“The concept of de-risking your supply chain as much as possible and making sure your suppliers are in as robust financial health as possible is critically important. Allowing suppliers to take payment early is of course giving them the potential to take a huge working capital benefit. As well as bringing greater certainty to their existing manufacturing capabilities and operations, it gives them working capital to improve their manufacturing capabilities and the underlying products they supply.”

Taulia is a leading provider of working capital solutions, helping companies liberate cash across the supply chain. Through a unique combination of its artificial intelligence-powered platform, people and process, the company helps companies access the value tied up in their supply chain by transitioning from inefficient and often manual working capital management practices into technology-led.

If programmes are structured correctly and priced fairly, respecting best practice in relevant markets such as the prompt payment code in the UK, then early payment programmes can be a tremendous force for good. Central to Taulia’s ethos is a commitment to allow companies large and small to choose when and how they get paid.

Supporting the largest early payment programmes in the world, Taulia has provided much-needed robustness to companies during the coronavirus pandemic, which has demanded an even greater flexibility for smaller suppliers. Its technology also enables large corporates to improve and automate processes such as invoicing, which as well as driving cost savings can enhance the working capital benefits of the programme.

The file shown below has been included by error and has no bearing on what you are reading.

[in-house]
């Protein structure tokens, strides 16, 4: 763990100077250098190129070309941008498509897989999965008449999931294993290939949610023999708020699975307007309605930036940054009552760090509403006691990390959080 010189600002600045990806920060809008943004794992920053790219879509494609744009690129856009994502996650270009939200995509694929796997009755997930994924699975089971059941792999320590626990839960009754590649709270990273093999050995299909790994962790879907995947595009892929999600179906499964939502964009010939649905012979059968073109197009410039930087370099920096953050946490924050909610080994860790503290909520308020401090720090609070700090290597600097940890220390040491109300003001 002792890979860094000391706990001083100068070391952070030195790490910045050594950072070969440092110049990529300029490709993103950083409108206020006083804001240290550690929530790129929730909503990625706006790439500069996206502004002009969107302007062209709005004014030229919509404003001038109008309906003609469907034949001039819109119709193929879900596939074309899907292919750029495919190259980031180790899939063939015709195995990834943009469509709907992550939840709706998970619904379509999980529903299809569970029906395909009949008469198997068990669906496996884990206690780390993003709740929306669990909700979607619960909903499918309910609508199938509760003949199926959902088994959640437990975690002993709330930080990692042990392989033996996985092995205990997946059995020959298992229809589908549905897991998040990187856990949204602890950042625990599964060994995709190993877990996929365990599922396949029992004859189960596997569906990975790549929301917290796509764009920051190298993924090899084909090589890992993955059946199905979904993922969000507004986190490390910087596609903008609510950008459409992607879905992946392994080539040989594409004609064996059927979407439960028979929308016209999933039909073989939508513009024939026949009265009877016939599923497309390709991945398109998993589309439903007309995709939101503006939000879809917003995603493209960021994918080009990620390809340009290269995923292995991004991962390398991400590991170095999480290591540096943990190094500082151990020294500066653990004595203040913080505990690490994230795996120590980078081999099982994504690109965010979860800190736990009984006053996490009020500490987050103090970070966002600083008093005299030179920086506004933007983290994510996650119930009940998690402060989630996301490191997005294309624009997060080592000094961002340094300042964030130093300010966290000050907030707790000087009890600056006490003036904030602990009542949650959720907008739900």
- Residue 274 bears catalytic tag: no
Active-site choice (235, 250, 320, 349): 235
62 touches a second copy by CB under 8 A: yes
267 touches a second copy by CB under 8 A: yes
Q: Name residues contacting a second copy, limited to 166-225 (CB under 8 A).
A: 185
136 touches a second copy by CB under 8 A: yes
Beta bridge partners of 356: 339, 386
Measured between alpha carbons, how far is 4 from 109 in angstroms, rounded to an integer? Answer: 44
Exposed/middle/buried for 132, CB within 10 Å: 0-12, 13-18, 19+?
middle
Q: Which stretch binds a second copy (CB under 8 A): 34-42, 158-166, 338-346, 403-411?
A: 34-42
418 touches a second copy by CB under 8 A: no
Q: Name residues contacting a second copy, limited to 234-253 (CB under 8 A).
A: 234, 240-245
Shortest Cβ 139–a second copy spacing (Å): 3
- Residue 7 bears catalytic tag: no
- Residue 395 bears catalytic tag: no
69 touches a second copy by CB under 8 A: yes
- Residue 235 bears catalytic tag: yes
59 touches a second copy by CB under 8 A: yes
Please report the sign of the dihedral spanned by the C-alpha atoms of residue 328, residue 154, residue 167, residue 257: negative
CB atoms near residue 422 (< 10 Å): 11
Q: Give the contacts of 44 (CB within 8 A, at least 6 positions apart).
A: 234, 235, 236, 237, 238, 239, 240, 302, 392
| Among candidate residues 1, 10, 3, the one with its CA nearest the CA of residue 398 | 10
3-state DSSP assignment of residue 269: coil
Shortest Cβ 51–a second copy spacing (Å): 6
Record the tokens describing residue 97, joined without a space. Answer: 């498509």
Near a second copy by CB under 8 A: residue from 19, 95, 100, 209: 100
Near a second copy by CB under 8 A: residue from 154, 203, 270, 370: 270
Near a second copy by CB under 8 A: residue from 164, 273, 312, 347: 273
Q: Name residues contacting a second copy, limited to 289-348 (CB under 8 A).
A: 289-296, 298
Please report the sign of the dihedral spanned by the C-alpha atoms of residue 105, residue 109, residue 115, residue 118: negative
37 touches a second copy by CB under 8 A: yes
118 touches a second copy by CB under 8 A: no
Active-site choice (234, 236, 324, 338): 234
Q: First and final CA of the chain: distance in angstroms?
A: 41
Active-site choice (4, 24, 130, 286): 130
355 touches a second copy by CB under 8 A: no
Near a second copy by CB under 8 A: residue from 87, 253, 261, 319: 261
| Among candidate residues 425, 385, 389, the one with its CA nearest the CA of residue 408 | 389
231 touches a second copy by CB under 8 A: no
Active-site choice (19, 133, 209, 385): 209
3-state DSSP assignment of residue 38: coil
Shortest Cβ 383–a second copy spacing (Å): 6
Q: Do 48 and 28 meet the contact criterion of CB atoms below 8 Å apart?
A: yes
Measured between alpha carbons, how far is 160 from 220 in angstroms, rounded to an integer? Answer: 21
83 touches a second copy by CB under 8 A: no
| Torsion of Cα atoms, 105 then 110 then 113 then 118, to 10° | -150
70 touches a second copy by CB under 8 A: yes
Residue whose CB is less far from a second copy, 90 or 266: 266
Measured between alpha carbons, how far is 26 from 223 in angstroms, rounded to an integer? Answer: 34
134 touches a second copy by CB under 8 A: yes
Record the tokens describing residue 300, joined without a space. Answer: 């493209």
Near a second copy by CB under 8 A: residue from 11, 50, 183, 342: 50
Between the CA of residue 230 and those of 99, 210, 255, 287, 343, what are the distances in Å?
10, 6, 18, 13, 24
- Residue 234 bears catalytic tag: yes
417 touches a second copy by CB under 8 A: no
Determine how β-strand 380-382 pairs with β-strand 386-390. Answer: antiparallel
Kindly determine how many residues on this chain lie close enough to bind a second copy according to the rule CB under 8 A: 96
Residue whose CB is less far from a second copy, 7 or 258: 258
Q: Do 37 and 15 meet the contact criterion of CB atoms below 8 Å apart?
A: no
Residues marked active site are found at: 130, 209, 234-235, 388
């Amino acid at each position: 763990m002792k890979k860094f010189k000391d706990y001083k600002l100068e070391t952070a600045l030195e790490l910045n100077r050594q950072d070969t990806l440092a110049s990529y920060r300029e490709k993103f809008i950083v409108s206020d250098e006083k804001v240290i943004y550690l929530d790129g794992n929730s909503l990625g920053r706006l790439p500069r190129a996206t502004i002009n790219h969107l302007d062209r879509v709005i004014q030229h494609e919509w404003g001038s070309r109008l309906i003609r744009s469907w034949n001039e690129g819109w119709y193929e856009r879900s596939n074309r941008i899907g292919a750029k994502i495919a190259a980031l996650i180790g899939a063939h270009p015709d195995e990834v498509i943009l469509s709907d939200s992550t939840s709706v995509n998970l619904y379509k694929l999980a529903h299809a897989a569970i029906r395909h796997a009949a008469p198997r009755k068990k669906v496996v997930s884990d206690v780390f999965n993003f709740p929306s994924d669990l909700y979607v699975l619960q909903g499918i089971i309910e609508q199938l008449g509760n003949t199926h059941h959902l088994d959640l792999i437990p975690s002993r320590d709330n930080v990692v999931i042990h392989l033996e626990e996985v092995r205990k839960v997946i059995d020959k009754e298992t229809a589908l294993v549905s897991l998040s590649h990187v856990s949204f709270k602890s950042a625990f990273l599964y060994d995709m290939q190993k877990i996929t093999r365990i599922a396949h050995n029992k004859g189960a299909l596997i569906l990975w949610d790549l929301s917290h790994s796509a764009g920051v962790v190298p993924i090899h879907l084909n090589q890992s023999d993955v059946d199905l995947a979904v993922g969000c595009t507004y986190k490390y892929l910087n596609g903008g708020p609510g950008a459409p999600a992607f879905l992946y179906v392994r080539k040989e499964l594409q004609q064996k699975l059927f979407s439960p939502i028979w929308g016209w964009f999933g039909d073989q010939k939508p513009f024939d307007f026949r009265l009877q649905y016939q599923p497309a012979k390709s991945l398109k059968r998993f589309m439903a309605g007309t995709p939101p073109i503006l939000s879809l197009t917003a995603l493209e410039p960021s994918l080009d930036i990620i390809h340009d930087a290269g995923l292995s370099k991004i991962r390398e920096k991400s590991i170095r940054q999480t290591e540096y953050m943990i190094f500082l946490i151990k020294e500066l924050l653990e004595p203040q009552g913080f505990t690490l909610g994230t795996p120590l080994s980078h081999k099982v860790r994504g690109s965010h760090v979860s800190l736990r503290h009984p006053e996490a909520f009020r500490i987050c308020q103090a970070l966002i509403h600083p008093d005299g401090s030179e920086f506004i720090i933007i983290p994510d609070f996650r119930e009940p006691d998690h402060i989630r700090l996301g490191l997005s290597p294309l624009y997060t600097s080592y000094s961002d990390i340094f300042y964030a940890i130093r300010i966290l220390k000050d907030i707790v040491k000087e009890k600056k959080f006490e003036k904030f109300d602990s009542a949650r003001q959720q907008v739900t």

Taulia infographic

Companies can use Taulia’s platform to calculate a selection of future invoices which they can take for early payment to meet a future obligation. If, for example, they’re required to make a large tax payment in 45 days, they can put those details into the platform and the technology will suggest which invoices to take early payment on to meet that obligation.
Connecting at a deep level with enterprise resource planning (ERP) systems means Taulia can rely on the data and client information that buyers have built up and automate the exchange of information to a far greater degree than when using a traditional file exchange-type arrangement.

“It means the ongoing programme management and visibility of performance for any large buyer corporate is far improved,” says Venables. “They can manage the programme within their own ERP system, which is an IT environment they’re already familiar with. We can deliver reporting and data back to them to a level of detail that most other providers cannot provide, and also in a format that’s easily understood for them and allows them to manage the programme at a granular level on a day-to-day basis.

“I think we will continue to see growing demand for supply chain finance across the globe, with companies increasingly looking for providers that can offer access to large swathes of their supply chain and technology, which delivers process efficiency and high data quality and reporting. I also believe that the pool of liquidity available to support supply chain finance programmes globally will grow beyond traditional bank sources to include other complementary providers, such as asset managers and pension funds.”